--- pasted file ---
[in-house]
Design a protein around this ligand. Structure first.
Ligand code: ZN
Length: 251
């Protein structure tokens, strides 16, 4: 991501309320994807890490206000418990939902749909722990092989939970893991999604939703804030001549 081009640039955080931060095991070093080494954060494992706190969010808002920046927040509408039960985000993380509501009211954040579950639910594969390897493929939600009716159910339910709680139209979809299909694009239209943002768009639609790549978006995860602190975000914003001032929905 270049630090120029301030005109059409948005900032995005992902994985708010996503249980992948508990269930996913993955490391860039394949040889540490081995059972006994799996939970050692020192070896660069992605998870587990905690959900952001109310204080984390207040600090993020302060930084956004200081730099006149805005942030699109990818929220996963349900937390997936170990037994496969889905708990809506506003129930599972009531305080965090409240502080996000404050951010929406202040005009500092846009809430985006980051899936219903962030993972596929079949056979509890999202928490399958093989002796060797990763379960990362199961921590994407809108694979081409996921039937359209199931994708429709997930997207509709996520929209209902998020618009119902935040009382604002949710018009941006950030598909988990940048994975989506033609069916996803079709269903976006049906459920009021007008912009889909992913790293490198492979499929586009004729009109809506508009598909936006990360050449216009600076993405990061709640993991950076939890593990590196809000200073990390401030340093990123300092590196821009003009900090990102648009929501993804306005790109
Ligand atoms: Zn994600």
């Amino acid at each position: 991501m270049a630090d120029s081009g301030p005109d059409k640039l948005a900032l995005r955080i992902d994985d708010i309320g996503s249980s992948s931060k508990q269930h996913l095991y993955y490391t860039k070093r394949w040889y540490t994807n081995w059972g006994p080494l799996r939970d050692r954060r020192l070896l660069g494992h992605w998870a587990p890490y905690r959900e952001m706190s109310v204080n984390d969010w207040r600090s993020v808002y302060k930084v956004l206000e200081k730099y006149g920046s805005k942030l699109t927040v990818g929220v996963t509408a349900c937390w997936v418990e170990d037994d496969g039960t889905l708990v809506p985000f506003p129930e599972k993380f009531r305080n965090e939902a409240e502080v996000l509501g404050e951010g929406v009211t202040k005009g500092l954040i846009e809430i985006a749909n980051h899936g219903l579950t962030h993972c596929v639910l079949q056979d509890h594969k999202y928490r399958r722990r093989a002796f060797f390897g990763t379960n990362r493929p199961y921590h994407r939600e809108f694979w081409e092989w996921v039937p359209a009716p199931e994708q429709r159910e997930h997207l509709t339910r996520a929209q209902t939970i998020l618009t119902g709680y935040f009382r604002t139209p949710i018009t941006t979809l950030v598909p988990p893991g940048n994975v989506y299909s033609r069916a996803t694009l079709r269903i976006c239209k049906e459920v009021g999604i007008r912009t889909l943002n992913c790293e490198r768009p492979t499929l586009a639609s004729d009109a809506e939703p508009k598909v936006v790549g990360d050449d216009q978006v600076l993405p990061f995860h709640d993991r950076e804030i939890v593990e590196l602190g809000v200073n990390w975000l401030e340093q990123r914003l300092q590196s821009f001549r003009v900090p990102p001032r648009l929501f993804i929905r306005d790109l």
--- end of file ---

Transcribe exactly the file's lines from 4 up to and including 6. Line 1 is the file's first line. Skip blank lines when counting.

Length: 251
């Protein structure tokens, strides 16, 4: 991501309320994807890490206000418990939902749909722990092989939970893991999604939703804030001549 081009640039955080931060095991070093080494954060494992706190969010808002920046927040509408039960985000993380509501009211954040579950639910594969390897493929939600009716159910339910709680139209979809299909694009239209943002768009639609790549978006995860602190975000914003001032929905 270049630090120029301030005109059409948005900032995005992902994985708010996503249980992948508990269930996913993955490391860039394949040889540490081995059972006994799996939970050692020192070896660069992605998870587990905690959900952001109310204080984390207040600090993020302060930084956004200081730099006149805005942030699109990818929220996963349900937390997936170990037994496969889905708990809506506003129930599972009531305080965090409240502080996000404050951010929406202040005009500092846009809430985006980051899936219903962030993972596929079949056979509890999202928490399958093989002796060797990763379960990362199961921590994407809108694979081409996921039937359209199931994708429709997930997207509709996520929209209902998020618009119902935040009382604002949710018009941006950030598909988990940048994975989506033609069916996803079709269903976006049906459920009021007008912009889909992913790293490198492979499929586009004729009109809506508009598909936006990360050449216009600076993405990061709640993991950076939890593990590196809000200073990390401030340093990123300092590196821009003009900090990102648009929501993804306005790109
Ligand atoms: Zn994600």